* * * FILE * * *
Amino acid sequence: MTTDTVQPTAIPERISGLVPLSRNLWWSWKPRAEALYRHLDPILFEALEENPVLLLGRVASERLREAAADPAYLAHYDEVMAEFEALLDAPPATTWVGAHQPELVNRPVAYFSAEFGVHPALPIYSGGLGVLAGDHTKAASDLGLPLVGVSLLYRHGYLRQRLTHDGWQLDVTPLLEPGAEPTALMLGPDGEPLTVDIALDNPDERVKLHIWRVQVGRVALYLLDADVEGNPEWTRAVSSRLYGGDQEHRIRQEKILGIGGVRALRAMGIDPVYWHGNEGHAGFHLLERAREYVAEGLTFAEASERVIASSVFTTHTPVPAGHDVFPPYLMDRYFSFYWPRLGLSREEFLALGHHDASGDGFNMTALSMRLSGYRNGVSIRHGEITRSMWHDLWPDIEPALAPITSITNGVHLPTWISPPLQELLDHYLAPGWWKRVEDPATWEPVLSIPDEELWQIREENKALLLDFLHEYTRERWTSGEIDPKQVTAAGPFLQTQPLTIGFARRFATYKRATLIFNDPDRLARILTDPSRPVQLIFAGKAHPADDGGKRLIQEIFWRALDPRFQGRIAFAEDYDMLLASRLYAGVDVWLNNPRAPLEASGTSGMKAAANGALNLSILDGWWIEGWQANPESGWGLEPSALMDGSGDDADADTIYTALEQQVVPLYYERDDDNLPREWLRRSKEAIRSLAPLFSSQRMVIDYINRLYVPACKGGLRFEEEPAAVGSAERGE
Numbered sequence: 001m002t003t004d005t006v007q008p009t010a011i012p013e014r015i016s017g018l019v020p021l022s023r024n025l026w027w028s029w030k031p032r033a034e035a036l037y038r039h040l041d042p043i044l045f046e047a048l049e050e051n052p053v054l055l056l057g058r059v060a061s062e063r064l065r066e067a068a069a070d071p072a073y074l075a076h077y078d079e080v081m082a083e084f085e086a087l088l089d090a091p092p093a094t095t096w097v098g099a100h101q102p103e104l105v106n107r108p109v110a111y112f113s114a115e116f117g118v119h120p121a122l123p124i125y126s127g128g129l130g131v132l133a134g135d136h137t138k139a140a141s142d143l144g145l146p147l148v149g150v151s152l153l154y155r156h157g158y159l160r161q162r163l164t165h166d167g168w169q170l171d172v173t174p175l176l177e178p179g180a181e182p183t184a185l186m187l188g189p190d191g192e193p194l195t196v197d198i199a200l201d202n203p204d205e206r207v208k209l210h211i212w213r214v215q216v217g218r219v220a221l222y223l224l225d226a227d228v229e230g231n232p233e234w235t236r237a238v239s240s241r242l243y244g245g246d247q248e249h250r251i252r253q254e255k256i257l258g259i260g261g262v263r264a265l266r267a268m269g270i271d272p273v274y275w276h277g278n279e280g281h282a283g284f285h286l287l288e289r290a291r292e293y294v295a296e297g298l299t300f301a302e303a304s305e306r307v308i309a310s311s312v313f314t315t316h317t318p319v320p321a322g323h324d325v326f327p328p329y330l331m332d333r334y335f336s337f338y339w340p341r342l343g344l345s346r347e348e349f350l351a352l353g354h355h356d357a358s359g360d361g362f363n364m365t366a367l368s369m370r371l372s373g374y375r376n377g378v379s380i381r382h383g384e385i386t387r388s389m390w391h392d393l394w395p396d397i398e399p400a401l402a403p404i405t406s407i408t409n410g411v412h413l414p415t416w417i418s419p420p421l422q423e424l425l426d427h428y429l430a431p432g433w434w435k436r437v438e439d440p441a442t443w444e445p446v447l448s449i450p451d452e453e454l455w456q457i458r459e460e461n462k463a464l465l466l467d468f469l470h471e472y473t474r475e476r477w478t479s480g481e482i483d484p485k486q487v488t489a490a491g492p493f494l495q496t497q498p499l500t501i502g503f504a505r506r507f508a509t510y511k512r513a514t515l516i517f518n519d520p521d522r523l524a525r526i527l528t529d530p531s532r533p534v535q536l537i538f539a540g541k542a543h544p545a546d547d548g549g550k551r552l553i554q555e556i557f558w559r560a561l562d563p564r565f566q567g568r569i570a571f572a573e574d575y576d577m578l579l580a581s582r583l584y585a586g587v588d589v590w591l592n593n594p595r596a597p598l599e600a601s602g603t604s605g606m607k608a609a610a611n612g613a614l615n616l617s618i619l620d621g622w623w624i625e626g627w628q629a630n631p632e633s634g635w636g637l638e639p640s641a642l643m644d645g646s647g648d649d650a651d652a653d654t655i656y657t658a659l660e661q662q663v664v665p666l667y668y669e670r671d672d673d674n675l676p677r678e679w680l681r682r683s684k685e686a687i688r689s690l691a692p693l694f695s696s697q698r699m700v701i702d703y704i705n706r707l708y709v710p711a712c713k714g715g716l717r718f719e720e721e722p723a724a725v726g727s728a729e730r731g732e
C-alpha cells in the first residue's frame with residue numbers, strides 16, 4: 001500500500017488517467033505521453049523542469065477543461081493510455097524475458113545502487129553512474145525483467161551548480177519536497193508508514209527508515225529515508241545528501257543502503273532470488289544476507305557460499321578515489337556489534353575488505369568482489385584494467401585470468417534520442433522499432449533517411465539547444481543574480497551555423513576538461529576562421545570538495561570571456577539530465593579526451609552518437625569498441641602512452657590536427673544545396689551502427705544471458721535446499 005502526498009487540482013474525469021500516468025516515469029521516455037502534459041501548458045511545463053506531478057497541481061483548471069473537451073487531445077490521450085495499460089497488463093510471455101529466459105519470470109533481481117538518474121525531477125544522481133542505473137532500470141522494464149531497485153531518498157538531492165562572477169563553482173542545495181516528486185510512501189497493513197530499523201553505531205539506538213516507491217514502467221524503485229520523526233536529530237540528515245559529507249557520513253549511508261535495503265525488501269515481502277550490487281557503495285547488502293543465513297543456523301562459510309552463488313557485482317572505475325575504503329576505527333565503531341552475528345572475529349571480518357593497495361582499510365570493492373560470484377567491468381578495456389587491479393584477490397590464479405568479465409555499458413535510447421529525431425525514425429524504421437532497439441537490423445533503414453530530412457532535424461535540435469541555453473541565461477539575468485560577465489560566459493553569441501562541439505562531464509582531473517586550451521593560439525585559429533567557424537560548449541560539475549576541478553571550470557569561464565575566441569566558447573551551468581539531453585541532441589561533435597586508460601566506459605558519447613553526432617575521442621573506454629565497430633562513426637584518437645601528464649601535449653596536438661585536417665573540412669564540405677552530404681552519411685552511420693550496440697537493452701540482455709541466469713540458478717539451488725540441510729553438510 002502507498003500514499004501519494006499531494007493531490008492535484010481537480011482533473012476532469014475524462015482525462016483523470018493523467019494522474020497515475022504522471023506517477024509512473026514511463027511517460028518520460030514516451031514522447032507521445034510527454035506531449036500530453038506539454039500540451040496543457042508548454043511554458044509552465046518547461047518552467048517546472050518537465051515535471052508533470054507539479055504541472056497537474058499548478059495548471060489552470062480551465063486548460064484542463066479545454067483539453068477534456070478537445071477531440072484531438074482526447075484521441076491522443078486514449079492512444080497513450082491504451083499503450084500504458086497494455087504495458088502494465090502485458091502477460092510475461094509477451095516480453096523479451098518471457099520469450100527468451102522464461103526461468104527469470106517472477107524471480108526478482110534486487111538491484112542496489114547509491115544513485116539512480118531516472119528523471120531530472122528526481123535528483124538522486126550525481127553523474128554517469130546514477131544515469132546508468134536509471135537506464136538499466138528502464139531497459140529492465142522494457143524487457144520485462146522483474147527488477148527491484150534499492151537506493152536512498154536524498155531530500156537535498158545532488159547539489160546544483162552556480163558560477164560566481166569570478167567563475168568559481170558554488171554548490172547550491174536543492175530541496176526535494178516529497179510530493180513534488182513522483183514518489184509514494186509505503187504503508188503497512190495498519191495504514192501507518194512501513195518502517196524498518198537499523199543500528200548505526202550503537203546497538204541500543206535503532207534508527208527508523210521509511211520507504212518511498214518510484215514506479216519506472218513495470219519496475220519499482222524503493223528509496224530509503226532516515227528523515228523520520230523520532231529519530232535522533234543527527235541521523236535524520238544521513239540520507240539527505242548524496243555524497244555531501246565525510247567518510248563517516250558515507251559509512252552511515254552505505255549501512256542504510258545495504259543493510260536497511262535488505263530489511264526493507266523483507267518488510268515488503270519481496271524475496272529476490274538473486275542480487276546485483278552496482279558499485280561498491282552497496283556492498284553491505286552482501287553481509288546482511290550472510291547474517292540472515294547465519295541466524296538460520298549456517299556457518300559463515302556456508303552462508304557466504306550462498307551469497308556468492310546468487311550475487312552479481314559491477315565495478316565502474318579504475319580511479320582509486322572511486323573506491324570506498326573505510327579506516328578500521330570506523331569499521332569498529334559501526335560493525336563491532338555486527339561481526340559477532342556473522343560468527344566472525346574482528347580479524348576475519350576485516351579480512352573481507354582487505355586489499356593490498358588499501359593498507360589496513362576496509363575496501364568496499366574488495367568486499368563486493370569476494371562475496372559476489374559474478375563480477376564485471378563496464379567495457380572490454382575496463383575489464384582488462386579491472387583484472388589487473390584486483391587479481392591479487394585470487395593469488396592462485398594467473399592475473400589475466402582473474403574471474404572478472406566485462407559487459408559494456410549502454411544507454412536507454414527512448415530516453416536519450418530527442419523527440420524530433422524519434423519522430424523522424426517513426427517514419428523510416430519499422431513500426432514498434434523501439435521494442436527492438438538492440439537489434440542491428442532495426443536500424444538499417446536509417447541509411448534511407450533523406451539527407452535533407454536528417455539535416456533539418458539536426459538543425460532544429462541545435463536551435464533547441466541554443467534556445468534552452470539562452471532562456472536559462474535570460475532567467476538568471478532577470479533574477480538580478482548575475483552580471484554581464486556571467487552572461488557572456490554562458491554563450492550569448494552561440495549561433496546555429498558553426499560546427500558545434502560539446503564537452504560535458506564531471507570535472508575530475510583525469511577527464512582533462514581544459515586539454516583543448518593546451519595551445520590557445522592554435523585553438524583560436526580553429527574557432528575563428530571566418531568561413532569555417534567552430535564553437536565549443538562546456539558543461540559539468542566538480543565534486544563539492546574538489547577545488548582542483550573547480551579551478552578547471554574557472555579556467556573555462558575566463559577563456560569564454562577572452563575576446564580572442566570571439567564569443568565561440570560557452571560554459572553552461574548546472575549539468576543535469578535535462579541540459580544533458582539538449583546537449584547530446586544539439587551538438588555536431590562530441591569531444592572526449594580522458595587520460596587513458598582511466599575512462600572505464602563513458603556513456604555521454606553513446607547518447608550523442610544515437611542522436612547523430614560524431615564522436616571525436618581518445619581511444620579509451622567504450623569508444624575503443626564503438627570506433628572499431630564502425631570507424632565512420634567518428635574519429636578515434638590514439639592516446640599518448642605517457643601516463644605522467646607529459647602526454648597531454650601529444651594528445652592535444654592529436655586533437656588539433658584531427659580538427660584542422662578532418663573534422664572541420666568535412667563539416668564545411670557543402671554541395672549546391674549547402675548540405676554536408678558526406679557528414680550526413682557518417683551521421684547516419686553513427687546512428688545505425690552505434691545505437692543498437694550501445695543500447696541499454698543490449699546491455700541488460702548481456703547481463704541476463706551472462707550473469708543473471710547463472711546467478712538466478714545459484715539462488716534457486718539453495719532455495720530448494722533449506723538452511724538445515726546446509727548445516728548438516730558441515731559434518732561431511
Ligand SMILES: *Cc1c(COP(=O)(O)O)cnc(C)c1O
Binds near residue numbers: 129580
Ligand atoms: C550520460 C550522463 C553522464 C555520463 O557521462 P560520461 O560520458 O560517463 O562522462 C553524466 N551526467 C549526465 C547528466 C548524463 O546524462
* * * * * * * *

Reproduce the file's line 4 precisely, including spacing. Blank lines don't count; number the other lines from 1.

Ligand SMILES: *Cc1c(COP(=O)(O)O)cnc(C)c1O